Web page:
The cost of Nigeria’s failure to qualify for the Qatar 2022 World Cup | football news

Doha, Qatar Nigerian football fans and business owners in Qatar are still suffering from the failure of their team to qualify for the 2022 World Cup, which will be held in the Middle Eastern country from November 21 to December 18.

Nigeria’s failure to beat Ghana in March prevented them from qualifying for Qatar 2022, a result that shocked not only the nation but also dealt a huge blow to the nearly 12,000 Nigerians in Qatar who were looking forward to watching the team in action and also benefiting from the that. presence in the tournament.

Ekin Romeo, a businessman who has been living in Qatar for nearly 12 years, said Super Eagle’s failure to qualify was heartbreaking and hurt him financially.

“I placed an order for 20,000 Nigerian national team jerseys, which I knew would be in great demand. I was also planning to host the first Nigerian entertainment and fashion week here in Qatar during the World Cup,” Romeo told Al Jazeera.

“The event was to feature some of the best Afrobeats artists, comedians and fashion designers to showcase and promote the Nigerian entertainment and fashion industries.”

But Romeo added that due to the team’s failure to qualify, “the arrangement of the national team shirts has been canceled and events have been postponed while we are working on adjusting them to suit other African countries eligible for the tournament.”

Nigeria has competed in the World Cup finals six times since their debut in the United States in 1994. Since then, the team has qualified for all World Cup tournaments except for Germany 2006.

There are approximately 12,000 Nigerians living in Qatar [Sorin Furcoi/Al Jazeera]

According to Bukola Aliu, Secretary of the National Association of Nigerian Travel Agencies (NANTA) in the Lagos region, the team’s absence from the World Cup has affected sales and travel packages in place since November 2021.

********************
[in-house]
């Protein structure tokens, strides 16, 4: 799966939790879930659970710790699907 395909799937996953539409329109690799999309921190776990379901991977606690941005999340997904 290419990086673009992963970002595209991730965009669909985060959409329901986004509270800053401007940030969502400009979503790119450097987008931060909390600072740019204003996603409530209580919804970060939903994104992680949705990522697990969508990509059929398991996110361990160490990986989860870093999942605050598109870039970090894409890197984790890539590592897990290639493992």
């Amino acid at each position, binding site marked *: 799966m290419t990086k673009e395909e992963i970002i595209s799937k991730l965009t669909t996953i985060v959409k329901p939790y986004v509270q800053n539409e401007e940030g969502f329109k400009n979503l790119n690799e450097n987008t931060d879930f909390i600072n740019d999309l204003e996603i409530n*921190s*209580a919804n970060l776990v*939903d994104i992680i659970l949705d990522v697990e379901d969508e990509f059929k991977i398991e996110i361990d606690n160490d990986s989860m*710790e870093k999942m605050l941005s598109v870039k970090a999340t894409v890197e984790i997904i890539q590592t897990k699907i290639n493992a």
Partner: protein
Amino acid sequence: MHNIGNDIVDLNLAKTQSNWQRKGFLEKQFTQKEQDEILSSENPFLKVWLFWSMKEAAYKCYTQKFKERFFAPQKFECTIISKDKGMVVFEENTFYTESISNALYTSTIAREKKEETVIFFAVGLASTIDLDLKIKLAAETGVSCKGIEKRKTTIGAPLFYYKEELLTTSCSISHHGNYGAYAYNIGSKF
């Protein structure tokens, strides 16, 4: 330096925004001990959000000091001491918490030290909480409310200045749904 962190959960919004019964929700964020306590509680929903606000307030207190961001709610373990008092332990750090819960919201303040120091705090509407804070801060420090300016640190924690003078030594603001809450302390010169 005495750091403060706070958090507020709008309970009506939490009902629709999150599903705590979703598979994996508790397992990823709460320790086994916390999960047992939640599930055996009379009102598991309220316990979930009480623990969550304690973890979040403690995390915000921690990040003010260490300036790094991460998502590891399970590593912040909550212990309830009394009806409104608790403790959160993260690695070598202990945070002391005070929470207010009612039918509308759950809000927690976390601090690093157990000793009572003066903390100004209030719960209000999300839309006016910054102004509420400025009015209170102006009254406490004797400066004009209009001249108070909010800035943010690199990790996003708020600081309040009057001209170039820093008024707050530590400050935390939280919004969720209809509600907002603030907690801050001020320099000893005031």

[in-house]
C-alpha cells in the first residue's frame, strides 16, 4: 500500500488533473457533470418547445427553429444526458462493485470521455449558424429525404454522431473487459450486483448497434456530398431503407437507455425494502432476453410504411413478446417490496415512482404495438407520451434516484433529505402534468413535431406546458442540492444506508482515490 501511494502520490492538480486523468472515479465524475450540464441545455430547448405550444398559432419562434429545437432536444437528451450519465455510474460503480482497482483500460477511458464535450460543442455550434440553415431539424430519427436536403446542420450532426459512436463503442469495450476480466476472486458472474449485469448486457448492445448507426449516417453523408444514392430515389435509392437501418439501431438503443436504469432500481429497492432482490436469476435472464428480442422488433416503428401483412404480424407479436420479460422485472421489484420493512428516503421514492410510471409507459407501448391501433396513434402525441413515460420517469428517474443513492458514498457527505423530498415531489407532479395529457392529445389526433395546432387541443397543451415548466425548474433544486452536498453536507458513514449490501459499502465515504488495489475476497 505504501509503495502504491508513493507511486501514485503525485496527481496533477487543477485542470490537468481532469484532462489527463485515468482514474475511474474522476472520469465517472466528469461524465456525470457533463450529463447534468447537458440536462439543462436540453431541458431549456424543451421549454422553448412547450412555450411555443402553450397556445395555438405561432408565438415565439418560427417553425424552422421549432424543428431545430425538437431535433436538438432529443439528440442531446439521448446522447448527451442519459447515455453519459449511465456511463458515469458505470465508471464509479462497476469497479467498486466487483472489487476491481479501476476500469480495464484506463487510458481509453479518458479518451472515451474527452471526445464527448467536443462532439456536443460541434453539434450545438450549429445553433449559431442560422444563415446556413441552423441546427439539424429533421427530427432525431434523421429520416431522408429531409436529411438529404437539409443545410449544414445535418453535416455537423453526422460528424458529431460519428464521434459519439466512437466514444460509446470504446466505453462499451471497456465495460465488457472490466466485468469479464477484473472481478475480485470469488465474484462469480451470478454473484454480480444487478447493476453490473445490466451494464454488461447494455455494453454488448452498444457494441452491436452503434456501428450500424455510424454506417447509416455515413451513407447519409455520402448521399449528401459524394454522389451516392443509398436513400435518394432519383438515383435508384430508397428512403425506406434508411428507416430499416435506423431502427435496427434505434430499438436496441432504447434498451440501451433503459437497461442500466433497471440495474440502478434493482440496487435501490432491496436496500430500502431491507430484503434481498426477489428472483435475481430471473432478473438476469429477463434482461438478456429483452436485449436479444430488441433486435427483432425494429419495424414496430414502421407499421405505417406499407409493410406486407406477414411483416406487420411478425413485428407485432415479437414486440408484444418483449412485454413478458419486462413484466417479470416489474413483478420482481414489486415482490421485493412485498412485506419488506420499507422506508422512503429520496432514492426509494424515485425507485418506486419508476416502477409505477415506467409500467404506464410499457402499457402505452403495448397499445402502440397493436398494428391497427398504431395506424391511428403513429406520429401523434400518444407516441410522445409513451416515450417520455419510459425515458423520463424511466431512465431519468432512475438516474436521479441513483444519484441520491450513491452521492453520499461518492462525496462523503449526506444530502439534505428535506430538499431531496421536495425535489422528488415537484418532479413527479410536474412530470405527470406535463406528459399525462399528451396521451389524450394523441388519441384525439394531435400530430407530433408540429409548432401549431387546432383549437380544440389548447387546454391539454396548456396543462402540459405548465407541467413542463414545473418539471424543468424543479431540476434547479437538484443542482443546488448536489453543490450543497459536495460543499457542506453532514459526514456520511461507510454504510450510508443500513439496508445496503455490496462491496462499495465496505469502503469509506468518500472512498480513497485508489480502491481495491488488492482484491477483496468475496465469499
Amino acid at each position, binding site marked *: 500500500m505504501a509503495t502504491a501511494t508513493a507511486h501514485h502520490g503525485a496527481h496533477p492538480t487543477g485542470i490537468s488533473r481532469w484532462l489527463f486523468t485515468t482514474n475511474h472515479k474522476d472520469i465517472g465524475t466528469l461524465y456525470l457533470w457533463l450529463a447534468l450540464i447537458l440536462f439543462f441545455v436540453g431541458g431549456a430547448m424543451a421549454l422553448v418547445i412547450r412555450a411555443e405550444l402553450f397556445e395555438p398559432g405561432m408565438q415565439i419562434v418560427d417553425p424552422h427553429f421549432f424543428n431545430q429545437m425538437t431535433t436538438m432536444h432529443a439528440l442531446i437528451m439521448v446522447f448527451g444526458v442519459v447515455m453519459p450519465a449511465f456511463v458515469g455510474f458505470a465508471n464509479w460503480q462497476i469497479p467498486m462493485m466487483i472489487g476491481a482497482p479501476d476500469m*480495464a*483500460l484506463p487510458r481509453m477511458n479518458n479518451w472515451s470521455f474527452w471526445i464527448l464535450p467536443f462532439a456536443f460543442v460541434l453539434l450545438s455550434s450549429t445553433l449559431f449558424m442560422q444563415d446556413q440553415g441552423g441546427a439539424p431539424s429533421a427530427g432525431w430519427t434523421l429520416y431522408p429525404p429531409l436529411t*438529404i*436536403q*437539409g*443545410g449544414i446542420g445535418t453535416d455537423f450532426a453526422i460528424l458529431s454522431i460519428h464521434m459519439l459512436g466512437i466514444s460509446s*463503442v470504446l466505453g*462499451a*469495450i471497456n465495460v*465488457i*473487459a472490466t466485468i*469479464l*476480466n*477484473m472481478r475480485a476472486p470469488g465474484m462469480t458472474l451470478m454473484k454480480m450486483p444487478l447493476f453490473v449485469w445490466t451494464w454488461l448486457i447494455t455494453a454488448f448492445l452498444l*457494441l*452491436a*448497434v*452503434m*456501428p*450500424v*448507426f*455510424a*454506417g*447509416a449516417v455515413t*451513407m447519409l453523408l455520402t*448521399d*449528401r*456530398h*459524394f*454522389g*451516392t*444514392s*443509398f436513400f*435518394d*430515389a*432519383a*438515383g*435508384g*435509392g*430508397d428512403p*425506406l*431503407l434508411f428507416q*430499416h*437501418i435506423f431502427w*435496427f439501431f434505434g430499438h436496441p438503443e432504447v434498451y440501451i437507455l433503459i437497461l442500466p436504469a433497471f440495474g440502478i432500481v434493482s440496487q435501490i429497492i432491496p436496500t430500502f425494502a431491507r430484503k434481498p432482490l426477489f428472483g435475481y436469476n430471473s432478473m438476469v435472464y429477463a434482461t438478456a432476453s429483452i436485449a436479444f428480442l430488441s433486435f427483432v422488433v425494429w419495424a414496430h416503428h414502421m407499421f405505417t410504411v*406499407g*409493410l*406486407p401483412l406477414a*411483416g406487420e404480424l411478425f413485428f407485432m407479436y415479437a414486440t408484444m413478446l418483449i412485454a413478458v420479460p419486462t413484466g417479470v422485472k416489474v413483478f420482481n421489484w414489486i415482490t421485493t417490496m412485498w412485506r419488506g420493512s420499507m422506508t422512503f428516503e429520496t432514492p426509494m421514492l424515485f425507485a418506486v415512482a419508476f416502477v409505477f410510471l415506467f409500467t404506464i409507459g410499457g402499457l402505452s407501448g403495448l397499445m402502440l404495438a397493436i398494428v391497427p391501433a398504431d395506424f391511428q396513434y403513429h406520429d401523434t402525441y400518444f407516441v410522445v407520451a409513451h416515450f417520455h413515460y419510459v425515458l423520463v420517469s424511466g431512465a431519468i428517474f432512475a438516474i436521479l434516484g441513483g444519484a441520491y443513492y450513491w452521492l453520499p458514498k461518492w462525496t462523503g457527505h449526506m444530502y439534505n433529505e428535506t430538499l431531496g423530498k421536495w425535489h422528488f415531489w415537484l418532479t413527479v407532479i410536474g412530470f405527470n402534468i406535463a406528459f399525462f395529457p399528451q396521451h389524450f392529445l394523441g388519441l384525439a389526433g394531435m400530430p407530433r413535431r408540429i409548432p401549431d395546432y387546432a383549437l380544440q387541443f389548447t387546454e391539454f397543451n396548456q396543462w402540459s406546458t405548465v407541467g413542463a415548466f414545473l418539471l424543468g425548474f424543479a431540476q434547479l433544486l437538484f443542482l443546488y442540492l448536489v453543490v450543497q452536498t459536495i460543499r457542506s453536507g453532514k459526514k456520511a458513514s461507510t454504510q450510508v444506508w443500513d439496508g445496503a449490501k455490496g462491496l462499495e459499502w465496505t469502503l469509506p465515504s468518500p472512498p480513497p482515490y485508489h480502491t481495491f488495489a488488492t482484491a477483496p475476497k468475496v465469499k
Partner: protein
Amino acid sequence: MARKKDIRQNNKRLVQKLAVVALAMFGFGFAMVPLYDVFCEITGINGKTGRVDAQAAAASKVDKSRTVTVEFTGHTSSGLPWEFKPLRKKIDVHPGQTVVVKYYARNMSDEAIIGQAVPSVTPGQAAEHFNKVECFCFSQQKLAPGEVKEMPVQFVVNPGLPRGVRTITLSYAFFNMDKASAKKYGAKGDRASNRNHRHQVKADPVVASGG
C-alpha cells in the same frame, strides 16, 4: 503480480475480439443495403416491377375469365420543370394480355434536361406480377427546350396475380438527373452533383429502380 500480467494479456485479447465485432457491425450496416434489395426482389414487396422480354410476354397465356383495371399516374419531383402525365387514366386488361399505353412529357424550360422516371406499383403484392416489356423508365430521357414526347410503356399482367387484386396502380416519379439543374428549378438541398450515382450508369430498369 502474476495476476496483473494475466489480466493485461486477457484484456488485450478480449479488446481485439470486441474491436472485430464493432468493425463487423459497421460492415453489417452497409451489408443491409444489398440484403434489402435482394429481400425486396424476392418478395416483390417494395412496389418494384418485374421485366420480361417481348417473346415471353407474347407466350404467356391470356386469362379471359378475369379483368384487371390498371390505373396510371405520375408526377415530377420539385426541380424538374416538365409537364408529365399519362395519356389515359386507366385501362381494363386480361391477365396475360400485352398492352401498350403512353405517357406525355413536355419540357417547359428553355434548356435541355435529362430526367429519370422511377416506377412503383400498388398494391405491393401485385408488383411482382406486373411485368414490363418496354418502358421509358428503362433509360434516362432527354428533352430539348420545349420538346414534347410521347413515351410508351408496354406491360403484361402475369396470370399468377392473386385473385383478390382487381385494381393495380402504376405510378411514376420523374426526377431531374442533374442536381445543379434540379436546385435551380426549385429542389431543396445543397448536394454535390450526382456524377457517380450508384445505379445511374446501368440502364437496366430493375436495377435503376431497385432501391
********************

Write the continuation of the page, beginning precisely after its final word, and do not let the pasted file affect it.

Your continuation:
“A lot of people have expressed interest in touring Qatar as well,” Aliu told Al Jazeera from Lagos. “Demand has gone down because most people are no longer interested.”

Emmanuel Nwachukwu of BFD Global Travels in Qatar said his work has also been affected.

“We, like other Nigerians, are disappointed that our business strategy has been highly geared towards Nigerian visitors, but the demand for tickets from Nigeria is now very low.”

Restauranteur Abo Chebib, of Mama’s Place in Qatar, which was the official gastronomic partner of the Nigerian Diaspora (NIDO) group in Qatar, told Al Jazeera that she was no longer receiving inquiries about Qatar from international Nigerian fans.

“The World Cup is about more than just 32 teams. It is about tourism, culture, food, investing and having a good time. By all indications, fewer Nigerians will travel to Qatar, which will have an impact on our business, given that we have spent many years preparing for the World Cup. “.

In the music and entertainment sector in Qatar, the famous Nigerian DJ and Alex said that the absence of the team came as a big shock as it would have given the opportunity to host parties and invite Nigerian artists to visit Qatar and join Davido, who was part of Hayya Hayya, the first. One song from the official 2022 World Cup multi-song soundtrack.

While Nigerian music is popular in Qatar, DJ Walex believes it has the potential to reach a whole different level.